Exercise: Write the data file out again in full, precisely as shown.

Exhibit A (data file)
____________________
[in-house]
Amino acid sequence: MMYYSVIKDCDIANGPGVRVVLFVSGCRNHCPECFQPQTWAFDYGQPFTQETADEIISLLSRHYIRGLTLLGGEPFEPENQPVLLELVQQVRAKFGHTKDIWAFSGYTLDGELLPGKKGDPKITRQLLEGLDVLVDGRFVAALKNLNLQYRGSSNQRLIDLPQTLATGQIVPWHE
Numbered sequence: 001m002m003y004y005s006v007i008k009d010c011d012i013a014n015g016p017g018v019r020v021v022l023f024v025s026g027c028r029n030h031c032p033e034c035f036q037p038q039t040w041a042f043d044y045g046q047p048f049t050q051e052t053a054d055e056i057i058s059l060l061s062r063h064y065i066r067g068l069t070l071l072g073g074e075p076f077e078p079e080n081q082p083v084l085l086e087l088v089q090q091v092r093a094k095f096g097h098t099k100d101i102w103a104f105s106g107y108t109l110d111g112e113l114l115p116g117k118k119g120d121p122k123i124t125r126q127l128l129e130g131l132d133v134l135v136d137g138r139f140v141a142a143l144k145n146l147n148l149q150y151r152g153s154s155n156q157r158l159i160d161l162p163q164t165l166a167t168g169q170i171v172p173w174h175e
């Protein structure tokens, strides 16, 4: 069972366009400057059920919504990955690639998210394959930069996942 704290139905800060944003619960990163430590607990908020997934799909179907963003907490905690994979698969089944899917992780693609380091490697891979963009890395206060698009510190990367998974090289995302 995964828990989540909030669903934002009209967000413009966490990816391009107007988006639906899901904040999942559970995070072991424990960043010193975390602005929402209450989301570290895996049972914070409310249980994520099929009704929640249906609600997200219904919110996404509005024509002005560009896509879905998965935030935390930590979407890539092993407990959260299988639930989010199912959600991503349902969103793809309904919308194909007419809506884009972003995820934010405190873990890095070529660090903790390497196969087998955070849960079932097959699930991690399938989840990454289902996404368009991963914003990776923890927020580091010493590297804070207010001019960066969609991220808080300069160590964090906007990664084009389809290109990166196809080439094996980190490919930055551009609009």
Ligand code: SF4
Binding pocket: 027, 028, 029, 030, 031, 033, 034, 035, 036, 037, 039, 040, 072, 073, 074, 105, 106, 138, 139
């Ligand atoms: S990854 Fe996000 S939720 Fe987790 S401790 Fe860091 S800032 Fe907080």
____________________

[in-house]
Amino acid sequence: MMYYSVIKDCDIANGPGVRVVLFVSGCRNHCPECFQPQTWAFDYGQPFTQETADEIISLLSRHYIRGLTLLGGEPFEPENQPVLLELVQQVRAKFGHTKDIWAFSGYTLDGELLPGKKGDPKITRQLLEGLDVLVDGRFVAALKNLNLQYRGSSNQRLIDLPQTLATGQIVPWHE
Numbered sequence: 001m002m003y004y005s006v007i008k009d010c011d012i013a014n015g016p017g018v019r020v021v022l023f024v025s026g027c028r029n030h031c032p033e034c035f036q037p038q039t040w041a042f043d044y045g046q047p048f049t050q051e052t053a054d055e056i057i058s059l060l061s062r063h064y065i066r067g068l069t070l071l072g073g074e075p076f077e078p079e080n081q082p083v084l085l086e087l088v089q090q091v092r093a094k095f096g097h098t099k100d101i102w103a104f105s106g107y108t109l110d111g112e113l114l115p116g117k118k119g120d121p122k123i124t125r126q127l128l129e130g131l132d133v134l135v136d137g138r139f140v141a142a143l144k145n146l147n148l149q150y151r152g153s154s155n156q157r158l159i160d161l162p163q164t165l166a167t168g169q170i171v172p173w174h175e
């Protein structure tokens, strides 16, 4: 069972366009400057059920919504990955690639998210394959930069996942 704290139905800060944003619960990163430590607990908020997934799909179907963003907490905690994979698969089944899917992780693609380091490697891979963009890395206060698009510190990367998974090289995302 995964828990989540909030669903934002009209967000413009966490990816391009107007988006639906899901904040999942559970995070072991424990960043010193975390602005929402209450989301570290895996049972914070409310249980994520099929009704929640249906609600997200219904919110996404509005024509002005560009896509879905998965935030935390930590979407890539092993407990959260299988639930989010199912959600991503349902969103793809309904919308194909007419809506884009972003995820934010405190873990890095070529660090903790390497196969087998955070849960079932097959699930991690399938989840990454289902996404368009991963914003990776923890927020580091010493590297804070207010001019960066969609991220808080300069160590964090906007990664084009389809290109990166196809080439094996980190490919930055551009609009």
Ligand code: SF4
Binding pocket: 027, 028, 029, 030, 031, 033, 034, 035, 036, 037, 039, 040, 072, 073, 074, 105, 106, 138, 139
């Ligand atoms: S990854 Fe996000 S939720 Fe987790 S401790 Fe860091 S800032 Fe907080």